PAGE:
HOMESTEAD, Fla.—Rep. Carlos Curbelo (R-FL) was denied entry on Friday into a government facility housing unaccompanied immigrant minors and children who had been separated from their parents at the southern border.
“Our goal is not to make a scene. It’s to see with my own eyes what’s happening there. And if they’re confident in the work that they’re doing, they should welcome us in,” Curbelo said in an interview here, hours after being told he would not be permitted inside the facility. “It was highly disappointing and I think they’re claiming that they have a lot of work and getting a lot of requests. I don’t feel sorry for them. That’s what we pay them to do.”
Curbelo, who represents Florida’s southernmost congressional district, was slated to visit the Homestead Temporary Shelter for Unaccompanied Children, one of three facilities in his district. According to Curbelo’s office, the congressman followed the proper protocols with the Department of Health and Human Services, which runs the facilities, prior to his scheduled tour.
The formal request to tour the facility was made more than two weeks ago, his spokeswoman told The Daily Beast. A week and a half ago, the congressman and HHS decided on Friday as the date for his visit. Curbelo received the proper clearance and was in touch with HHS officials in Washington. As of Thursday, he was still confirmed to tour the facility.
But on Thursday night, Curbelo received a call from HHS staff in Washington, who told him that the department would not be able to send a staffer down to Homestead to give him a tour. But Curbelo’s spokeswoman noted that HHS has staffers based locally in south Florida, in addition to the employees at the facility itself.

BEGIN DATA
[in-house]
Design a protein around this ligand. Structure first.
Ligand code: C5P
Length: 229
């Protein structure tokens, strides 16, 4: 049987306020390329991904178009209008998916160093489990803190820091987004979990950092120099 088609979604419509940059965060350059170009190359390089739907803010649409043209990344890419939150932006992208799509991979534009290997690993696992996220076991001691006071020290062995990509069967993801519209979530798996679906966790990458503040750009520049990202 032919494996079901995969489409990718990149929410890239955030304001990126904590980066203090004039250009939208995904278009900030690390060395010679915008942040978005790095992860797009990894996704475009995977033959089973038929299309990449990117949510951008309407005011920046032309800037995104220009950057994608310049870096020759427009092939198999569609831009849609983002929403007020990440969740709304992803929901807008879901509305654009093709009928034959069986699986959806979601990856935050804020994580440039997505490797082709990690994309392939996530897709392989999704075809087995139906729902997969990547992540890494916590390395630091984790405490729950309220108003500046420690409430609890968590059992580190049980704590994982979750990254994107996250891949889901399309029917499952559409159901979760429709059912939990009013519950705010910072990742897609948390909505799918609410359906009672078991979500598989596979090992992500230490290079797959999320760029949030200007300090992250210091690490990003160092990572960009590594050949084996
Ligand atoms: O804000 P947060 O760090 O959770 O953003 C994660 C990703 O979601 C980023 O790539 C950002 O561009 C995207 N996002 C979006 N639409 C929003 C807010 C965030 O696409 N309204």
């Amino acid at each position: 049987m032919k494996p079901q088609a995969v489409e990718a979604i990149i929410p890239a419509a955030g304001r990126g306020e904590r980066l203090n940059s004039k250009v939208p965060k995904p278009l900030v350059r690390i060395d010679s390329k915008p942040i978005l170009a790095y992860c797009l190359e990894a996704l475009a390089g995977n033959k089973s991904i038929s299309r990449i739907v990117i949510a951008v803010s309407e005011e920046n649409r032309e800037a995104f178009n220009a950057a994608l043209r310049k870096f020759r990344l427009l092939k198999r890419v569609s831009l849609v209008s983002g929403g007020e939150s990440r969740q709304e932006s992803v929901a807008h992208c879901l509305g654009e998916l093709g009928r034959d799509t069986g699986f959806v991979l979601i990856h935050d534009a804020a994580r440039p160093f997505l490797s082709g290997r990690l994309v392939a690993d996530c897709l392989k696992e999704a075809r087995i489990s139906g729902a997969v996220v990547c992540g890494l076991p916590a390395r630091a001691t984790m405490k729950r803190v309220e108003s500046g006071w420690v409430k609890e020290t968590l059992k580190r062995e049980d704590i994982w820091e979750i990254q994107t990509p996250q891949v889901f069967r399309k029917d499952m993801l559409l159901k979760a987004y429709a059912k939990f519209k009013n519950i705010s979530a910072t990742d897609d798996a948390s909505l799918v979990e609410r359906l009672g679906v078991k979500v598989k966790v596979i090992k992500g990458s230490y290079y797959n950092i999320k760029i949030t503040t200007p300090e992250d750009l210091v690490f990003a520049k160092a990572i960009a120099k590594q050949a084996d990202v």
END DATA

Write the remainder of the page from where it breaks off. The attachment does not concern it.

“It’s unnecessary. We fund these facilities. We fund the salaries of everyone who works at these facilities,” he said. “And for them to make it so difficult for members of Congress to conduct oversight—no one’s here to disrupt their operation.”
Curbelo is the latest lawmaker to be turned away from the facility. Just last month, Sen. Bill Nelson (D-FL) and Rep. Debbie Wasserman Schultz (D-FL) were barred from entering Homestead facility.
Around 1,000 children are being housed here. Nearly 100 of them were separated from their families at the southern border as a result of the Trump administration’s “zero tolerance” policy for illegal border crossings. Attorney General Jeff Sessions implemented the policy earlier this year.
Lawmakers on both sides of the political aisle have attempted to visit similar detention centers in their districts. Many have been turned away, but others have been granted access. Last month, Curbelo joined Rep. Ileana Ros-Lehtinen (R-FL) on a visit to a separate facility.
In a letter to the GOP chairmen of the House and Senate judiciary committees, Matthew Bassett, the HHS assistant secretary of legislation, said lawmakers’ visits were slowing down efforts to reunite children with their parents. But lawmakers have dismissed that argument, suggesting that the administration has something to hide when it prevents members of Congress from visiting and touring those facilities.
“That sounds completely bogus to me,” he said.
The administration has been rushing to comply with court orders to reunite those immigrant families. This week, officials said around 100 of the nearly 3,000 children that were separated from their parents are under the age of 5. A federal judge in San Diego ordered that the children under the age of 5 be reunited with their parents by Tuesday of this week. All other children must be brought back to their parents by July 26, the judge said.
Curbelo said he will be supporting legislation that would grant lawmakers access to facilities like the Homestead one.
“If your operation is so sensitive and delicate that an elected leader walking through your facility and asking a few questions disrupts your work, then you have a bigger problem,” he said.